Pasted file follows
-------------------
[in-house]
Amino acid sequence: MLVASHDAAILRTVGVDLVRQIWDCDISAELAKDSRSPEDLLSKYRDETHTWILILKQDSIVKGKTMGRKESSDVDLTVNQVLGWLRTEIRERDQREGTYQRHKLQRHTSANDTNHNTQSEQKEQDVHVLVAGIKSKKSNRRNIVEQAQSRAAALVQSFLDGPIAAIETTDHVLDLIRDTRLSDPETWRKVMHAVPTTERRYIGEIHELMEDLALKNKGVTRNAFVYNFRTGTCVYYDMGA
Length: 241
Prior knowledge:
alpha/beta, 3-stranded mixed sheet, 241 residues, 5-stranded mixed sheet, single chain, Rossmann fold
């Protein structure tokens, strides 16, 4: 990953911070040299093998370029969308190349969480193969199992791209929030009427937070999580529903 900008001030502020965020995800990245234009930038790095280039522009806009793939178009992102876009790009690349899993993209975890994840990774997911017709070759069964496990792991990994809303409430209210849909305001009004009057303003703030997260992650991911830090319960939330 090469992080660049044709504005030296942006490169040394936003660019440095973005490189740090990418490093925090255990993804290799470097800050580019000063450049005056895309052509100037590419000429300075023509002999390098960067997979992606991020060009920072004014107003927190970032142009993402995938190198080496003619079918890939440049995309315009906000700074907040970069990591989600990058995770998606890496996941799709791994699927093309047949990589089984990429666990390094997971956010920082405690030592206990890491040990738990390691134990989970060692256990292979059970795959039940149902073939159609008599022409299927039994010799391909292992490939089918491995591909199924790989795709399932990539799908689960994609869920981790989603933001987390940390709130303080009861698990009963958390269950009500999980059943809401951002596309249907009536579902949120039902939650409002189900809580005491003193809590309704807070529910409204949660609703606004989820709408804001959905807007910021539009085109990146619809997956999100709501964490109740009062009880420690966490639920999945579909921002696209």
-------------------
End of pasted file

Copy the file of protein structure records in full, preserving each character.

[in-house]
Amino acid sequence: MLVASHDAAILRTVGVDLVRQIWDCDISAELAKDSRSPEDLLSKYRDETHTWILILKQDSIVKGKTMGRKESSDVDLTVNQVLGWLRTEIRERDQREGTYQRHKLQRHTSANDTNHNTQSEQKEQDVHVLVAGIKSKKSNRRNIVEQAQSRAAALVQSFLDGPIAAIETTDHVLDLIRDTRLSDPETWRKVMHAVPTTERRYIGEIHELMEDLALKNKGVTRNAFVYNFRTGTCVYYDMGA
Length: 241
Prior knowledge:
alpha/beta, 3-stranded mixed sheet, 241 residues, 5-stranded mixed sheet, single chain, Rossmann fold
């Protein structure tokens, strides 16, 4: 990953911070040299093998370029969308190349969480193969199992791209929030009427937070999580529903 900008001030502020965020995800990245234009930038790095280039522009806009793939178009992102876009790009690349899993993209975890994840990774997911017709070759069964496990792991990994809303409430209210849909305001009004009057303003703030997260992650991911830090319960939330 090469992080660049044709504005030296942006490169040394936003660019440095973005490189740090990418490093925090255990993804290799470097800050580019000063450049005056895309052509100037590419000429300075023509002999390098960067997979992606991020060009920072004014107003927190970032142009993402995938190198080496003619079918890939440049995309315009906000700074907040970069990591989600990058995770998606890496996941799709791994699927093309047949990589089984990429666990390094997971956010920082405690030592206990890491040990738990390691134990989970060692256990292979059970795959039940149902073939159609008599022409299927039994010799391909292992490939089918491995591909199924790989795709399932990539799908689960994609869920981790989603933001987390940390709130303080009861698990009963958390269950009500999980059943809401951002596309249907009536579902949120039902939650409002189900809580005491003193809590309704807070529910409204949660609703606004989820709408804001959905807007910021539009085109990146619809997956999100709501964490109740009062009880420690966490639920999945579909921002696209």